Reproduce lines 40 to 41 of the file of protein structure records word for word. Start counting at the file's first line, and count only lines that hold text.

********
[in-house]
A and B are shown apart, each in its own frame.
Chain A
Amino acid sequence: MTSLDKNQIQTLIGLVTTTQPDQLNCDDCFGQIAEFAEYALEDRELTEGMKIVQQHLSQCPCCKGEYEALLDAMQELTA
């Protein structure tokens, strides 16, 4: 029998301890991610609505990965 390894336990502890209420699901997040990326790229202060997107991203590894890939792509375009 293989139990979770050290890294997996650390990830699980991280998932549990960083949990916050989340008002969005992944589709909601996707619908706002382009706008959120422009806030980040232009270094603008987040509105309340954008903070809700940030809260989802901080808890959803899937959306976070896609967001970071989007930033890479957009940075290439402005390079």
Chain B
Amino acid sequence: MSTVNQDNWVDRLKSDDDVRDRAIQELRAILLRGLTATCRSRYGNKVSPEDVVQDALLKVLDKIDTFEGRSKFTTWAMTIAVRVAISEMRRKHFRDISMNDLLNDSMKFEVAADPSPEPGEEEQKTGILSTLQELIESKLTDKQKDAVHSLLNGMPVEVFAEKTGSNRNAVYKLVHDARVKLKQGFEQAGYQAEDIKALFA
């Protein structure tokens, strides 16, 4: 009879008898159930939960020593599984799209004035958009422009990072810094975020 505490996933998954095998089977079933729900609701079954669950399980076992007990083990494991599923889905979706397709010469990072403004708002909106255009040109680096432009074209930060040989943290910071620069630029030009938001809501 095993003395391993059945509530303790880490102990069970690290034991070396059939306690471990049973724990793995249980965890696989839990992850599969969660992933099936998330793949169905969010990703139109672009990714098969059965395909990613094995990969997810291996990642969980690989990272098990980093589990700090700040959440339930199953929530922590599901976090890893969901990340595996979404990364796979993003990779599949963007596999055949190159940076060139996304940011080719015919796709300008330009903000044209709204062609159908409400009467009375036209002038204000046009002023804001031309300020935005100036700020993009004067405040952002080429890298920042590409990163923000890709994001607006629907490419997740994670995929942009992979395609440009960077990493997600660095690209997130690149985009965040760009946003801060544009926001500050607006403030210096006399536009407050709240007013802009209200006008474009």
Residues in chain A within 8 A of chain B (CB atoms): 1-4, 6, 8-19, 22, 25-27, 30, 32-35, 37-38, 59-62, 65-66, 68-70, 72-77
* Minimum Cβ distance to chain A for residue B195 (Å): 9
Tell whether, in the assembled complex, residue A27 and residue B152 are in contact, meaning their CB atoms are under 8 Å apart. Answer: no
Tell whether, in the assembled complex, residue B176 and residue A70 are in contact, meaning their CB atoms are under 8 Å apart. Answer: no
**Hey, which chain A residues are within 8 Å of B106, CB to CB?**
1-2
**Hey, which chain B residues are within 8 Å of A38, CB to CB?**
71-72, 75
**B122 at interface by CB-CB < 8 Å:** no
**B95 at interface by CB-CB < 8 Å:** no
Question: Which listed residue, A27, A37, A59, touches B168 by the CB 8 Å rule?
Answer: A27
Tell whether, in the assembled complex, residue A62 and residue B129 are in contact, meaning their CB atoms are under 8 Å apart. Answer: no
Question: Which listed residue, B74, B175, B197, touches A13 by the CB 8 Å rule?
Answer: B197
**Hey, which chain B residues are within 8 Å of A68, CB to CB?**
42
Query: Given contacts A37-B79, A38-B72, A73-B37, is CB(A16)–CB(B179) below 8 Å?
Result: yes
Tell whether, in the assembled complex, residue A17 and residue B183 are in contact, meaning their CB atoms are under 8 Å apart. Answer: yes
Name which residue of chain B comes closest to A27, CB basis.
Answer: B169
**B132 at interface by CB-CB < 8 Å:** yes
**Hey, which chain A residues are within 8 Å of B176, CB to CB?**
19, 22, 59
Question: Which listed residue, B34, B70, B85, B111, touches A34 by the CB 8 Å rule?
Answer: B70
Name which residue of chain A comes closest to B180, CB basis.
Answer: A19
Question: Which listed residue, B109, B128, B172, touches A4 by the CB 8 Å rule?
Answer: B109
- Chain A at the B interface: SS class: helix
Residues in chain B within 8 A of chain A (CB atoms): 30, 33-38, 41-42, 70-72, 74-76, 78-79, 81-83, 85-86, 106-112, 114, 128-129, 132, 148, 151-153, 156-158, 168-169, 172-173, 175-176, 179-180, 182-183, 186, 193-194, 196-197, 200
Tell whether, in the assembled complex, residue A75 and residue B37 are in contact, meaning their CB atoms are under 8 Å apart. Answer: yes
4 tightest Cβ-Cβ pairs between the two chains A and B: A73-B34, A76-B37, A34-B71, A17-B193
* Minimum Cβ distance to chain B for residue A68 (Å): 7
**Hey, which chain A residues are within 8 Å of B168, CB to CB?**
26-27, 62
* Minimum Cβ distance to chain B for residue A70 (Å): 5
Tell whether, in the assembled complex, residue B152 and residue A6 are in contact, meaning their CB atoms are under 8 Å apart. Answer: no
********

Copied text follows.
- Chain A at the B interface: SS class: helix
Residues in chain B within 8 A of chain A (CB atoms): 30, 33-38, 41-42, 70-72, 74-76, 78-79, 81-83, 85-86, 106-112, 114, 128-129, 132, 148, 151-153, 156-158, 168-169, 172-173, 175-176, 179-180, 182-183, 186, 193-194, 196-197, 200